Church Worship

The Greatest Reason to Sing

  • Bob Kauflin Director of Worship Development, PDI Ministries
  • Updated Aug 17, 2017
The Greatest Reason to Sing

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Last time, we saw that God has given us singing to help us express emotion. But, someone could legitimately ask, "What if my emotions are dried up? What if I don't feel like singing?" Let's examine three of the common reasons for a lack of emotion in worship.

First, we may have forgotten that we've been forgiven of our past sins (2 Peter 1:9).

Worship should always contain the emotion of gratitude (Colossians 3:16, Ephesians 5:19-20) for what God has done, especially Jesus' work for us on the cross. If I'm ungrateful for that, then I don't see the severity of my sin, or the magnificence of God's gift of salvation. The solution? Soak yourself in the gospel of God's amazing grace. Don't think the gospel is just for evangelism - God means for it to be part of our daily diet!

Study the book of Romans or Galatians. Read The Discipline of Grace, or Transforming Grace, both by Jerry Bridges. Spend some time with Sin and Temptation by John Owen. Let your eyes be opened to the greatness of your sin, so that you might experience the inexpressible joy of God's mercy and forgiveness ... every day. No matter what our trials or challenges, nothing diminishes the infinitely good news that our sins have been completely forgiven through the death of Jesus on the Cross, and we have been reconciled forever to God! The gospel has always been, and will always be, our greatest reason to sing.

Second, we may have yielded to the sin the Bible calls "fear of man" (Proverbs 29:25).

"What if people don't like my voice? How can I raise my hands or cry in public? Won't people think I'm some flake or weirdo?" Such fears can easily quench our affections, making our worship more dutiful than delightful. Many in Jesus' day would not confess their faith because they feared they would be put out of the synagogue (John 12:42). In Isaiah, God confronts those who withhold obedience because of their fear of others:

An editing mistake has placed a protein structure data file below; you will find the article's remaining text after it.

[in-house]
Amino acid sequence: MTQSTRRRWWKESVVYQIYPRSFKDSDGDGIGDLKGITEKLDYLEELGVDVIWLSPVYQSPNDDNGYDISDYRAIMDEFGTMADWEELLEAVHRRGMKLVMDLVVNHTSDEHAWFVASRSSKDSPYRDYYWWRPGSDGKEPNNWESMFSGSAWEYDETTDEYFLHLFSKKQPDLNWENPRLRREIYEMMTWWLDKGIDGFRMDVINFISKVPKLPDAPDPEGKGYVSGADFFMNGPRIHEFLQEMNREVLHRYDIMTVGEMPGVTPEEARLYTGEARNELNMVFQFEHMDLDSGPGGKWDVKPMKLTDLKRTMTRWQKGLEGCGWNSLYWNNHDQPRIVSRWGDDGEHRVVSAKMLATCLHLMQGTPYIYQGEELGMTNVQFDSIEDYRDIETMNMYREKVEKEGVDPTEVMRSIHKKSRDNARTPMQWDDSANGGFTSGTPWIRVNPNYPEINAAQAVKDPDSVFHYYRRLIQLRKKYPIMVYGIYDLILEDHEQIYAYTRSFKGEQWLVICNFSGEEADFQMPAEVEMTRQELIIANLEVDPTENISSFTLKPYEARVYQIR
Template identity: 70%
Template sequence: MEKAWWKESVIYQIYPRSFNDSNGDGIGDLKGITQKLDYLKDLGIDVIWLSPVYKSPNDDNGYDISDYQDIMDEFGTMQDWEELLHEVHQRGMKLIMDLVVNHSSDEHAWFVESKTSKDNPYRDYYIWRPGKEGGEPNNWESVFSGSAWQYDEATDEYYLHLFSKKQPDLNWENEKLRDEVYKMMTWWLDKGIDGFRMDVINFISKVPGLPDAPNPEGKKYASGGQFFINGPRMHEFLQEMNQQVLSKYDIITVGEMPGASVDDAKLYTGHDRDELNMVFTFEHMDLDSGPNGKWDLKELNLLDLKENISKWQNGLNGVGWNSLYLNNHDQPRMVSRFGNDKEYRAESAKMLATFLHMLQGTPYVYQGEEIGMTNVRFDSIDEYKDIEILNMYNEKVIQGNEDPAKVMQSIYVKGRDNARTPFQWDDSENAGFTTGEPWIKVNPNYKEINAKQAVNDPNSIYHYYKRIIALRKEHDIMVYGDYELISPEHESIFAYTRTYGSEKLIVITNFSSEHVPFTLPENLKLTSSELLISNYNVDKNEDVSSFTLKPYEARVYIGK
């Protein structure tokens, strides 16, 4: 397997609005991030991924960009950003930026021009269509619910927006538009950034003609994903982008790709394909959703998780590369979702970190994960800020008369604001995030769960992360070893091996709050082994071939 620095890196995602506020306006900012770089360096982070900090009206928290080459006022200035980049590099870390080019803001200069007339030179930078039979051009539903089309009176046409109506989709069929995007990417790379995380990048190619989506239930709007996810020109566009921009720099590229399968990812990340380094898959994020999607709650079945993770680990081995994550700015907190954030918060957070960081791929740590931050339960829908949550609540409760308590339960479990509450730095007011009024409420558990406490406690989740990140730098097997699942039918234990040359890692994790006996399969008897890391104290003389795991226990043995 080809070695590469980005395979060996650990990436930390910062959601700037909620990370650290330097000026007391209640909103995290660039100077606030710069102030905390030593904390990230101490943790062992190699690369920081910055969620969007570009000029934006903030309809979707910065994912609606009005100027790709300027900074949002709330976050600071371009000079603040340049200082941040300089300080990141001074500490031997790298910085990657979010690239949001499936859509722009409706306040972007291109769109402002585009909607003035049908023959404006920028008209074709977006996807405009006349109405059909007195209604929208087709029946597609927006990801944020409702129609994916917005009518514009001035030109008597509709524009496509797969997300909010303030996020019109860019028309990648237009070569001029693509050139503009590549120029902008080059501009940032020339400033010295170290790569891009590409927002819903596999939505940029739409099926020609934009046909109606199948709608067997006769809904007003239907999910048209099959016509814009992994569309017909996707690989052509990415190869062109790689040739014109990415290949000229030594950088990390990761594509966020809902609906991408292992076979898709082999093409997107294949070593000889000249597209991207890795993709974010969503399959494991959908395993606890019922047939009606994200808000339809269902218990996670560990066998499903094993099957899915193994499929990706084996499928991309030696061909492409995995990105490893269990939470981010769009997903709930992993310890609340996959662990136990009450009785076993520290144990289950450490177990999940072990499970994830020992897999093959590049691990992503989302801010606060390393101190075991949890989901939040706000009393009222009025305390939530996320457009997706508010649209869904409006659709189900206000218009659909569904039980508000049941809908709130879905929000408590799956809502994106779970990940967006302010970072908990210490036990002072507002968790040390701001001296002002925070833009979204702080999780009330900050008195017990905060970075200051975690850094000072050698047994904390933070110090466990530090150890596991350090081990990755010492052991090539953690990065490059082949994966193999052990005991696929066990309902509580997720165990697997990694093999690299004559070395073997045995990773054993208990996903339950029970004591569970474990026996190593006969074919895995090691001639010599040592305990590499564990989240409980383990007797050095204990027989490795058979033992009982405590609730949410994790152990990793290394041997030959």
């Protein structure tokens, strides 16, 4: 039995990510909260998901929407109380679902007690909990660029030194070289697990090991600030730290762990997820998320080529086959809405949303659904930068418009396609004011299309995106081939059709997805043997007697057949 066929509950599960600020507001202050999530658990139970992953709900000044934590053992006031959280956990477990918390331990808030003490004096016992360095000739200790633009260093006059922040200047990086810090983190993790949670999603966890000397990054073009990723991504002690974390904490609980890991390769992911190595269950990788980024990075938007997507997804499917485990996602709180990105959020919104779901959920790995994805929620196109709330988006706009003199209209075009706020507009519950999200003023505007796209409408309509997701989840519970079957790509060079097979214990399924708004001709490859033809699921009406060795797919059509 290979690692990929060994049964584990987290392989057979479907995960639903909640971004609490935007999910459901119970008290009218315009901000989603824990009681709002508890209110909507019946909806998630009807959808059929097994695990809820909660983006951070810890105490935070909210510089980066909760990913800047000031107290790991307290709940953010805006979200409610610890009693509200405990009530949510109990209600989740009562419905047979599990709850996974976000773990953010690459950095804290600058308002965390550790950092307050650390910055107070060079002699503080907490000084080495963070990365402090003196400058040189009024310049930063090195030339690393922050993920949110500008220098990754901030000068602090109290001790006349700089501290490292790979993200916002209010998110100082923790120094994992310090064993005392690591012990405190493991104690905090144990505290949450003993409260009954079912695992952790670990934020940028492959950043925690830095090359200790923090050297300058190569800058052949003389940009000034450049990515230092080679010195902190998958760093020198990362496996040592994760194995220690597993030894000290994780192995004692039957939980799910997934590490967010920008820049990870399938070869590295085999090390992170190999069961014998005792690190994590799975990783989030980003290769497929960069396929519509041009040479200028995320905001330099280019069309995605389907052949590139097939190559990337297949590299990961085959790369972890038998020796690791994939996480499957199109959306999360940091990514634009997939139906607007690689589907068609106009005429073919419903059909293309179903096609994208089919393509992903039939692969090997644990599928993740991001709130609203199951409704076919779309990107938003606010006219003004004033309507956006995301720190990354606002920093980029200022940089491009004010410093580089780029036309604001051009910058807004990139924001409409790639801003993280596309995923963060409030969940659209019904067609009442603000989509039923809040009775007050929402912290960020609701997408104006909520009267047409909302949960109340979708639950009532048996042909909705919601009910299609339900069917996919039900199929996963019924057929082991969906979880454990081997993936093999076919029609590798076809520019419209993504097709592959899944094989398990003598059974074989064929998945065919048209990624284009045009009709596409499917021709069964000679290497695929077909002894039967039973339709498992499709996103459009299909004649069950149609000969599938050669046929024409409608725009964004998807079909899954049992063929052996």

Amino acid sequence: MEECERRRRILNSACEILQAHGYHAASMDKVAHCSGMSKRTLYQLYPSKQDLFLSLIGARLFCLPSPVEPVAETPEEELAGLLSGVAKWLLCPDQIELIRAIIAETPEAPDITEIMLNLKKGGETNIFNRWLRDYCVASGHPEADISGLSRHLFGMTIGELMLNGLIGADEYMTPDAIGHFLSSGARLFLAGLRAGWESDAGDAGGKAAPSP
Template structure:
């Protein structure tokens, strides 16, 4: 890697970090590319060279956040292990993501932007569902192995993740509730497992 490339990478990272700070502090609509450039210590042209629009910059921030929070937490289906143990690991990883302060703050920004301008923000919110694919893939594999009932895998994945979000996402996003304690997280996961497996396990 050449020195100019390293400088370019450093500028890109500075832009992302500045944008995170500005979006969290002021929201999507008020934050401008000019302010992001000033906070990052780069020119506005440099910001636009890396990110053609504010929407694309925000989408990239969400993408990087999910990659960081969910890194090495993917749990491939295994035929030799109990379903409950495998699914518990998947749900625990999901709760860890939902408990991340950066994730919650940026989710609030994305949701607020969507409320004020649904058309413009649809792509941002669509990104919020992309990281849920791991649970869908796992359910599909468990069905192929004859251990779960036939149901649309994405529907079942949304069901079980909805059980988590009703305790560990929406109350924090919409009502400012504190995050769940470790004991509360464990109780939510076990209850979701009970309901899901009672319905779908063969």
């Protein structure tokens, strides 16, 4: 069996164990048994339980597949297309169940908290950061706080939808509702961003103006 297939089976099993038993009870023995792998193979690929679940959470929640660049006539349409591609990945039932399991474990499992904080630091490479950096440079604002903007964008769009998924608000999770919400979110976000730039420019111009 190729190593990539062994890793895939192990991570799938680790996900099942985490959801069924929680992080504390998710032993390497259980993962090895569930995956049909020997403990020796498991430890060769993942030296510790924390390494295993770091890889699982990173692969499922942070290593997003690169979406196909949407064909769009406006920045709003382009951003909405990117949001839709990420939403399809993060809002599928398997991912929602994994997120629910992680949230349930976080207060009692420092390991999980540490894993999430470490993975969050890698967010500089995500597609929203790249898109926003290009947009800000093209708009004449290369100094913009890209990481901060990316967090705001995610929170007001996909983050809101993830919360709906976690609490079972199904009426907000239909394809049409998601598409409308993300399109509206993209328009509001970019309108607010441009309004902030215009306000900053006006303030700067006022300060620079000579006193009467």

"I, even I, am he who comforts you. Who are you that you fear mortal men, the sons of men, who are but grass, that you forget the LORD your Maker, who stretched out the heavens and laid the foundations of the earth?" (Isaiah 51:12-13)

That's a sobering question. Here's another, and one I've often had to ask myself: If my worship is controlled by what other people might think of me, instead of by what God has revealed about Himself, who am I really worshiping?

Finally, we may believe that expressing emotion in worship is wrong.

If so, we need to allow God, through His Word, to renew our minds. As we grow in our understanding of God's truth and love for us, we should grow in the depth of our feeling for these things. Read through the Psalms and see the varied forms of emotional expression there. As the Psalmists focus on who God is and what He has done, their hearts and affections are increasingly drawn to Him. The same will happen to us.

I know I haven't covered every objection or concern about emotion in worship, but I do know one thing. If emotions were given to us for anything, they were given to us for God.

Next time, we'll look at a final reason why God gave us singing. Until then, remember the gospel - our greatest reason to sing.

For His Glory,


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